I didn’t get to do a lot of original reporting in 1985 as a clerk on United Press International’s sports desk in New York. My job was to move copy and box scores to our client newspapers as fast as possible, and so every night I took dictation from sportswriters around the country – at baseball stadiums or at ringside, at the racetrack or inside the arena.
Thirty years later, it seems likely I also took a bit of dictation from a man with a shot to be the next president of the United States.
You might well have heard in the last couple of days of Donald Trump’s apparent habit of acting as his own spokesman. A variety of news accounts have recalled Trump using the aliases John Barron or John Miller while posing as a fictitious spokesman for his organizations. Trump has denied doing so in at least one of the cited instances. Then again, it appears he also admitted to the ruse in a sworn deposition years ago. Over the weekend, it seemed hard for either Trump’s supporters or his critics to know exactly what to make of it all. The only consensus seems to be that, if true, it was more weird than anything else.
Now, let’s back up a bit farther. In 1985, Trump was the owner of the New Jersey Generals, a team in the fledgling United States Football League. The teams played in the spring and summer, and the league was meant to be a rival to the National Football League. Trump, unsurprisingly perhaps, became known for high-profile player signings, one of his most expensive being the acquisition of Doug Flutie, the Boston College quarterback who had won the Heisman Trophy. Soon enough – again perhaps not surprisingly – Trump wanted to re-visit the Flutie deal. He wanted the owners of the other teams in the USFL to chip in to cover the costs of his quarterback.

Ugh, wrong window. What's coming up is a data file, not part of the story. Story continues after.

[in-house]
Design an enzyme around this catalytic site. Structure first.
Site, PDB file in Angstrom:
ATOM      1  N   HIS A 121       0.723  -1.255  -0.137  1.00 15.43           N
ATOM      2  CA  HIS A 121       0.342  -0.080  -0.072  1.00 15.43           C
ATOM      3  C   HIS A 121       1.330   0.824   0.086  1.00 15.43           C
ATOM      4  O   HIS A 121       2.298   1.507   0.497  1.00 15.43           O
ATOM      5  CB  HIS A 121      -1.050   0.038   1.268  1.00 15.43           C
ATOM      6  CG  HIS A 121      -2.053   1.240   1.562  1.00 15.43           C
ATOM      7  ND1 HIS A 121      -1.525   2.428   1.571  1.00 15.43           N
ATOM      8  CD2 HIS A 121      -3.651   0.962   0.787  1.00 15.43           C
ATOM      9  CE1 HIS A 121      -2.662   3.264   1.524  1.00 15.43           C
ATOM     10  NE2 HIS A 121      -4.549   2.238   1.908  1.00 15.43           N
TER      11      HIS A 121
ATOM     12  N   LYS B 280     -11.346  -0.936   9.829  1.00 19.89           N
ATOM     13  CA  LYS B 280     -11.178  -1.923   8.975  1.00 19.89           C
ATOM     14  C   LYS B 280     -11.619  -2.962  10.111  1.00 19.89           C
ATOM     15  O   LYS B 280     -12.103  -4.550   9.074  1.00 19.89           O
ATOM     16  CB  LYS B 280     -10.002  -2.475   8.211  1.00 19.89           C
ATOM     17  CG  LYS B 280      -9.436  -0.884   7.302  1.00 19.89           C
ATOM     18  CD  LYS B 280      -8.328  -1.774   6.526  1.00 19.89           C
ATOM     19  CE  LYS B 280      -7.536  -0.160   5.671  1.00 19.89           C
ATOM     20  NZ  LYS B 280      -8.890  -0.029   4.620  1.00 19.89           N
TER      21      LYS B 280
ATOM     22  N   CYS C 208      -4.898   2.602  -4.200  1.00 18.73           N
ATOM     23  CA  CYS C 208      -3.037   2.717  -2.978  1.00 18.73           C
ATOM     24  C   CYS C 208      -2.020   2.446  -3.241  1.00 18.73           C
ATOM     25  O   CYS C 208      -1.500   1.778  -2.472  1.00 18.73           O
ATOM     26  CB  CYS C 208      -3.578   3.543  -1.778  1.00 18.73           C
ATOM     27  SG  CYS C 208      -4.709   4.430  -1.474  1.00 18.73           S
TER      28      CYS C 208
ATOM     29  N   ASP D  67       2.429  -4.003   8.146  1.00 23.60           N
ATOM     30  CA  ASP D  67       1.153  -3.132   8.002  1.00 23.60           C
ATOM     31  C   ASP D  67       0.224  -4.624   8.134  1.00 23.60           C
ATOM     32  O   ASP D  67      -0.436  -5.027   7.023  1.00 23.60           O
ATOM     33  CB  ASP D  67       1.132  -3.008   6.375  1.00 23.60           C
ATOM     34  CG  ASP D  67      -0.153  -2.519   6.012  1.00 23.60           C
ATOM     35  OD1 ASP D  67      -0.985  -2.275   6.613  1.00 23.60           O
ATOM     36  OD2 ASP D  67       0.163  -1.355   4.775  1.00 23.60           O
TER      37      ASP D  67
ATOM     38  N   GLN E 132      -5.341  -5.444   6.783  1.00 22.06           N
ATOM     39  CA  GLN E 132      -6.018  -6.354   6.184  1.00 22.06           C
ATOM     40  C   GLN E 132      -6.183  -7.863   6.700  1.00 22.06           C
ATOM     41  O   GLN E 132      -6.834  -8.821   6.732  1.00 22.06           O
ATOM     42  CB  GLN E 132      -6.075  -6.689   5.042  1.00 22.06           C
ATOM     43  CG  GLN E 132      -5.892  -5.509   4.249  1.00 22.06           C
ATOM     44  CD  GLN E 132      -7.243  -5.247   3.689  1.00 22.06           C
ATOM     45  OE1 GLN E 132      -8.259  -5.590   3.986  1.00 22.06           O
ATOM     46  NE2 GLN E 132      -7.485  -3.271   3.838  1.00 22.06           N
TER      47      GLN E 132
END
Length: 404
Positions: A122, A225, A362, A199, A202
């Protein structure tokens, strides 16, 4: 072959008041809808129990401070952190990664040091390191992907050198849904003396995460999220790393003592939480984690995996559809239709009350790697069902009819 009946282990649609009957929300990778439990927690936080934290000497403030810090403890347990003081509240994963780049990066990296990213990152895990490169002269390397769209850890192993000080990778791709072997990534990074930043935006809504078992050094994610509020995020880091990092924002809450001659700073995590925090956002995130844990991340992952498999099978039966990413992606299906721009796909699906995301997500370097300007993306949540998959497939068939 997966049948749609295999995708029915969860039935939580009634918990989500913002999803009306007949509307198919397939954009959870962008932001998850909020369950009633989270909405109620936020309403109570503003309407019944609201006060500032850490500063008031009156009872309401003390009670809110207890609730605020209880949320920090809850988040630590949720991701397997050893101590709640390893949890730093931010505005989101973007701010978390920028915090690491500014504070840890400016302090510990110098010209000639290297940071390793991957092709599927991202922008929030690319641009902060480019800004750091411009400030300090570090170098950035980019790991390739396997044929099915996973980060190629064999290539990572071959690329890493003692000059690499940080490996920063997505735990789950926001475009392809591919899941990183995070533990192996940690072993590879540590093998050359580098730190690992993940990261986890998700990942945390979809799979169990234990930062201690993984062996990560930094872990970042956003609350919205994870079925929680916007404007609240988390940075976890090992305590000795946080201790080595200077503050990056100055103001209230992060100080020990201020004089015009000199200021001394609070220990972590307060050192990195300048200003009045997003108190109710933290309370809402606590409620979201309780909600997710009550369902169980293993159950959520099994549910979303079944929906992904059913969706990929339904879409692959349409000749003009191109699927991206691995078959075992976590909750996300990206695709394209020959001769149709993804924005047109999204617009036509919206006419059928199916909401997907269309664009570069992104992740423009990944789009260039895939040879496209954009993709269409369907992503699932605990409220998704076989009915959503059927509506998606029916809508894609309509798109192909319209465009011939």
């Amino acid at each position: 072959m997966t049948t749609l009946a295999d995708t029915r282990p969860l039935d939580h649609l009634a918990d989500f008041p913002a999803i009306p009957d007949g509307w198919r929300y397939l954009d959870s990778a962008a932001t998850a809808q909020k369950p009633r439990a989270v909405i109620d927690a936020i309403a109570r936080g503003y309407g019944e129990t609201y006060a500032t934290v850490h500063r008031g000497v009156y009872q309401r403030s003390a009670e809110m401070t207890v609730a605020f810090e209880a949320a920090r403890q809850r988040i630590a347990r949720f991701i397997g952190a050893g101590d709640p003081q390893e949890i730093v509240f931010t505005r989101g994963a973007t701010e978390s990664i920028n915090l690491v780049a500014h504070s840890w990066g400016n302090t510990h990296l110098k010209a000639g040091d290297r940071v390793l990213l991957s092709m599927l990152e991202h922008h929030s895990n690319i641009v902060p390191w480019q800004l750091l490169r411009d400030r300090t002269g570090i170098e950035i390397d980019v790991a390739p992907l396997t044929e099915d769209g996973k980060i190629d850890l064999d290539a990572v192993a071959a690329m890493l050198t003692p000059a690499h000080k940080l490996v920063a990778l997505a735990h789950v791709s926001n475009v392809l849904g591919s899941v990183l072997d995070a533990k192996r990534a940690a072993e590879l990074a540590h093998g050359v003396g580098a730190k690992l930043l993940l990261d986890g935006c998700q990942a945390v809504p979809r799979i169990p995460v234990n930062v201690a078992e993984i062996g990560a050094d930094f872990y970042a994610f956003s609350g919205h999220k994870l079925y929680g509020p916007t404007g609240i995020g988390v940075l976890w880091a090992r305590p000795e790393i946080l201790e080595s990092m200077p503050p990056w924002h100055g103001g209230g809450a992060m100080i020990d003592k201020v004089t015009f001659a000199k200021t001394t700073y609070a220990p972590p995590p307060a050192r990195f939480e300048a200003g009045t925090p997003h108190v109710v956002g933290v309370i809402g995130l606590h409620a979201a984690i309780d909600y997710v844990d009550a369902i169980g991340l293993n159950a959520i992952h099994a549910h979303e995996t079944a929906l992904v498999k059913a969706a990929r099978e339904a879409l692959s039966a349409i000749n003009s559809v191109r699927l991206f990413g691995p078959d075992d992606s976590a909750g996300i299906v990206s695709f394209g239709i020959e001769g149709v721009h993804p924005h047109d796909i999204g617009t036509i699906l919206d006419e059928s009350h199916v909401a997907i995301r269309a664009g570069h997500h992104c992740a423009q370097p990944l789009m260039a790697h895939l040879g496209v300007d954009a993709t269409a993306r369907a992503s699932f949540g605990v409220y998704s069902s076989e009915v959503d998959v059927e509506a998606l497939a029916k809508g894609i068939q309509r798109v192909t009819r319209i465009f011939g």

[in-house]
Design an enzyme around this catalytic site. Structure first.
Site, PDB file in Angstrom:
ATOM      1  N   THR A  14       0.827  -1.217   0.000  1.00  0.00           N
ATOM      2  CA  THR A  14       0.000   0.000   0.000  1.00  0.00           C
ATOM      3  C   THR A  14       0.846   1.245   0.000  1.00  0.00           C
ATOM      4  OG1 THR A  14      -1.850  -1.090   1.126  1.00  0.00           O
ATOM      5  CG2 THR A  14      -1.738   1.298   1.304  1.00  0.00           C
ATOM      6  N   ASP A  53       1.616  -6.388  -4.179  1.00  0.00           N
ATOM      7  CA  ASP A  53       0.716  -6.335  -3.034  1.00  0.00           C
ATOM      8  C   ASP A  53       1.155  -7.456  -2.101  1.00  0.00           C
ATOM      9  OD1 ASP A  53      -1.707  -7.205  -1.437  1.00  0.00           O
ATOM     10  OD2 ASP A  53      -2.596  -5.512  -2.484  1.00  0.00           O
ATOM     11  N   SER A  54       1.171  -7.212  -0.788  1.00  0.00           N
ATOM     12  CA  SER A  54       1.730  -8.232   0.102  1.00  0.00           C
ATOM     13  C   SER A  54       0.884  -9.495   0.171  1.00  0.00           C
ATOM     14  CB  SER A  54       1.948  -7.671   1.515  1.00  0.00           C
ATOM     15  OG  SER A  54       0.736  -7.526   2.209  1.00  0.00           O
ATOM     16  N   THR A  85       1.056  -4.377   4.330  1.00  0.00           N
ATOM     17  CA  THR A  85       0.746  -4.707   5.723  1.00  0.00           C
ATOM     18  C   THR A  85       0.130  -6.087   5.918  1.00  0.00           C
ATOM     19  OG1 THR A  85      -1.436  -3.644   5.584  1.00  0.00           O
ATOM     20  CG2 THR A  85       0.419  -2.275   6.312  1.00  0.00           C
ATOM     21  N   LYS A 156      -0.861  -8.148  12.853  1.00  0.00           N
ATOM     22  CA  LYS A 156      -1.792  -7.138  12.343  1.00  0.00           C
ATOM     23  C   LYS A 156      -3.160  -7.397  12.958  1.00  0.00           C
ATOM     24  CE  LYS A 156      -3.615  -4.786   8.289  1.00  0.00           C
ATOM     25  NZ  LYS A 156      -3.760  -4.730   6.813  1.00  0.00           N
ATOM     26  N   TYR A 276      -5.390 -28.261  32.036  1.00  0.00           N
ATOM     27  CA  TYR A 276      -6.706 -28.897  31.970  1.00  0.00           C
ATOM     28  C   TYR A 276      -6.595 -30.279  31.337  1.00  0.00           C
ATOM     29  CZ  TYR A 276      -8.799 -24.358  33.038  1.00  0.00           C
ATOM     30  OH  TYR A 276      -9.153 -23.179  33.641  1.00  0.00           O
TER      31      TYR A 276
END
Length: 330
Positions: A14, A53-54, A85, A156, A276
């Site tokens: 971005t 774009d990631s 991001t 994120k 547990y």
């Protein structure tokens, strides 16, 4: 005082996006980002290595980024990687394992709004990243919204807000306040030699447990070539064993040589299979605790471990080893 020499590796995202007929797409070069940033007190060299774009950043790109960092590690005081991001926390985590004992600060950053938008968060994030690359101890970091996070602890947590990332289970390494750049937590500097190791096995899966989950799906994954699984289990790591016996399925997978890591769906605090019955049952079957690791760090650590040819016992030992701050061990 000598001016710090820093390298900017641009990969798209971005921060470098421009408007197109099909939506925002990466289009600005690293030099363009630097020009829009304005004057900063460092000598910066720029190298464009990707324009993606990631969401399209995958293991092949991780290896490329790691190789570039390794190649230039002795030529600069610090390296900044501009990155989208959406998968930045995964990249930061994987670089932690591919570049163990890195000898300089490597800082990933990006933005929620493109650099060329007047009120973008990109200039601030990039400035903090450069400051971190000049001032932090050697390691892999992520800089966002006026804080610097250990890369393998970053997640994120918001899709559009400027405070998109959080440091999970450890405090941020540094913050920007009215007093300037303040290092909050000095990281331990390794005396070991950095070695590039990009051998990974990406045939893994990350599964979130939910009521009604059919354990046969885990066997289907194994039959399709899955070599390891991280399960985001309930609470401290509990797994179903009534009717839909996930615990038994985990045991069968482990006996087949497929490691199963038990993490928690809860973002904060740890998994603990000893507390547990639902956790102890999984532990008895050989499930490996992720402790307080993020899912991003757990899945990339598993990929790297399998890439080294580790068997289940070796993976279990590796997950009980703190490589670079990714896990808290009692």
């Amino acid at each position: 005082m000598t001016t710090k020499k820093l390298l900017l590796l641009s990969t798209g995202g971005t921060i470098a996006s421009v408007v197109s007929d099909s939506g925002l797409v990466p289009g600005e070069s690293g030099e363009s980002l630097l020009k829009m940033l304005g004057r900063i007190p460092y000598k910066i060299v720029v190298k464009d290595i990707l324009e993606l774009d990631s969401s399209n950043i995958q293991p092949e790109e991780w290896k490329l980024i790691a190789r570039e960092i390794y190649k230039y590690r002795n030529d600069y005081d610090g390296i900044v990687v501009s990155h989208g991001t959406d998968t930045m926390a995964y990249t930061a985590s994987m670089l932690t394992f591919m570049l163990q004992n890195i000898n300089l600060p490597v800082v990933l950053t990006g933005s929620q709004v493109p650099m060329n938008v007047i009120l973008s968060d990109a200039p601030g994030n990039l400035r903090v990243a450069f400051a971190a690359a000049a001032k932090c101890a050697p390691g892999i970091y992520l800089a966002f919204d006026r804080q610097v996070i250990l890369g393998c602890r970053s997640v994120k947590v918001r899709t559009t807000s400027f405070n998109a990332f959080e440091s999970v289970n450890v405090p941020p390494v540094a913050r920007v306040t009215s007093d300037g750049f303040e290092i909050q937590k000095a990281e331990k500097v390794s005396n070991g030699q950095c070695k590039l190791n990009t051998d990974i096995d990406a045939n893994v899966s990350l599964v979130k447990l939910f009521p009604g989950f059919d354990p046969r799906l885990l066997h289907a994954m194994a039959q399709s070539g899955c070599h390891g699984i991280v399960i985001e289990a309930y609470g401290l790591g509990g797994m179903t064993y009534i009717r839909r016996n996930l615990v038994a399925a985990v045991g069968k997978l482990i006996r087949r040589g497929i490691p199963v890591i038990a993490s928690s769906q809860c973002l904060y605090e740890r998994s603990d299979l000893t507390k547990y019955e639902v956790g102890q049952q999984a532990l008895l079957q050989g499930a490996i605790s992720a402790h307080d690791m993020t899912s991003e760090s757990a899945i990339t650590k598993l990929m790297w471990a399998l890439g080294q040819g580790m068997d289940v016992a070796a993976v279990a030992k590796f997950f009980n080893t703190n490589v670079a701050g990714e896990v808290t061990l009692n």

That, then, is how I came to write this dispatch on April 1, 1985.
NEW YORK – New Jersey Generals owner Donald Trump has asked the other USFL owners to provide ‘partial reimbursement’ for quarterback Doug Flutie’s multi-million dollar contract, a spokesman for Trump said Monday.
John Barron, a vice president of the Trump Organization, said the New Jersey owner wanted the other owners to honor an agreement reached earlier this year before Trump signed Flutie to a 5-year contract worth between $5 and $8 million.
“When a guy goes out and spends more money than a player is worth, he expects to get partial reimbursement from the other owners,” Barron said of Trump’s signing of Flutie.
The story went on to quote Barron saying that the other owners had agreed to assist Trump before Flutie was signed, and that Trump was merely calling in the chit. The story quoted Barron acknowledging that the other owners might not pony up, but that it was important for Trump to call them out because he wanted “the record to reflect” the truth behind the terms of the Flutie deal.
I can’t remember when I first came to believe Barron was in fact Trump. It’s not inconceivable that Trump told me himself. I know I had thought at the time that I’d rarely dealt with such a frank and forthcoming spokesman. And I know I have told the story to family and friends for years. David Tucker, who was sports editor at UPI in 1985, told me this week that some reporters wondered if Barron was actually Trump himself. But he, like me, remains as stumped today as we were years ago about why Trump might have engaged in his charade.